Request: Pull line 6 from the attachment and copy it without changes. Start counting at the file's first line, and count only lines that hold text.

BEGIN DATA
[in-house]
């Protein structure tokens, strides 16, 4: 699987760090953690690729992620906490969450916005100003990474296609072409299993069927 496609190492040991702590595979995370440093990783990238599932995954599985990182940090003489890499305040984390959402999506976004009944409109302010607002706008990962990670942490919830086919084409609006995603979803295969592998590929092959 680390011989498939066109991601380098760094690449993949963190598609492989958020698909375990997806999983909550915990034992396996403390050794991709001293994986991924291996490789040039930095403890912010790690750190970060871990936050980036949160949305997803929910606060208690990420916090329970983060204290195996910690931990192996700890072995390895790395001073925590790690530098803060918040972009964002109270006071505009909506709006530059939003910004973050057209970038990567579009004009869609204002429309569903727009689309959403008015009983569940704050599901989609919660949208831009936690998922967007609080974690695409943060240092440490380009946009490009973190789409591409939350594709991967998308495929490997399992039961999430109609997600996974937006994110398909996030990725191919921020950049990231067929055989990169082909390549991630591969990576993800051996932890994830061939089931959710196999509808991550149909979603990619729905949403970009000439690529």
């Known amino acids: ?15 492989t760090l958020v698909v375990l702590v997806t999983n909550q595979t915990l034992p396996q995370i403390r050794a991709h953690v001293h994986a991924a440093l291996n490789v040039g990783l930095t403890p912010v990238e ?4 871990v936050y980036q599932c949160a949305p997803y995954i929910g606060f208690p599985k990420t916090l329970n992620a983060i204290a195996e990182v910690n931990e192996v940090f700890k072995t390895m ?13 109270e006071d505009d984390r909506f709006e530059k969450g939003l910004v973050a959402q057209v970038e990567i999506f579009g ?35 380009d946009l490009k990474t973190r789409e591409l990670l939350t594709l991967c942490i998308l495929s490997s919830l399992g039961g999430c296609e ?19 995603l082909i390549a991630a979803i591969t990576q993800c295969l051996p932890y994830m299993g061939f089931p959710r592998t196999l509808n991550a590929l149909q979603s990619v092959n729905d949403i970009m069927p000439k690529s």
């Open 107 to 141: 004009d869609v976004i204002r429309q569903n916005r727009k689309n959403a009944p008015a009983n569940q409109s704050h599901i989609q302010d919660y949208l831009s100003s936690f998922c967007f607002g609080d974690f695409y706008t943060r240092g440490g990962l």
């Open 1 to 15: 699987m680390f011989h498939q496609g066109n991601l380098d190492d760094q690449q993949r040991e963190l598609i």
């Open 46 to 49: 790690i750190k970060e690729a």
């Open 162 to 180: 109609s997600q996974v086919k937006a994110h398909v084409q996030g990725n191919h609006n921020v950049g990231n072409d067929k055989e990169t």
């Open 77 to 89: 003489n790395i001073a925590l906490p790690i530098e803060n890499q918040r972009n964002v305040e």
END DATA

């Open 46 to 49: 790690i750190k970060e690729a």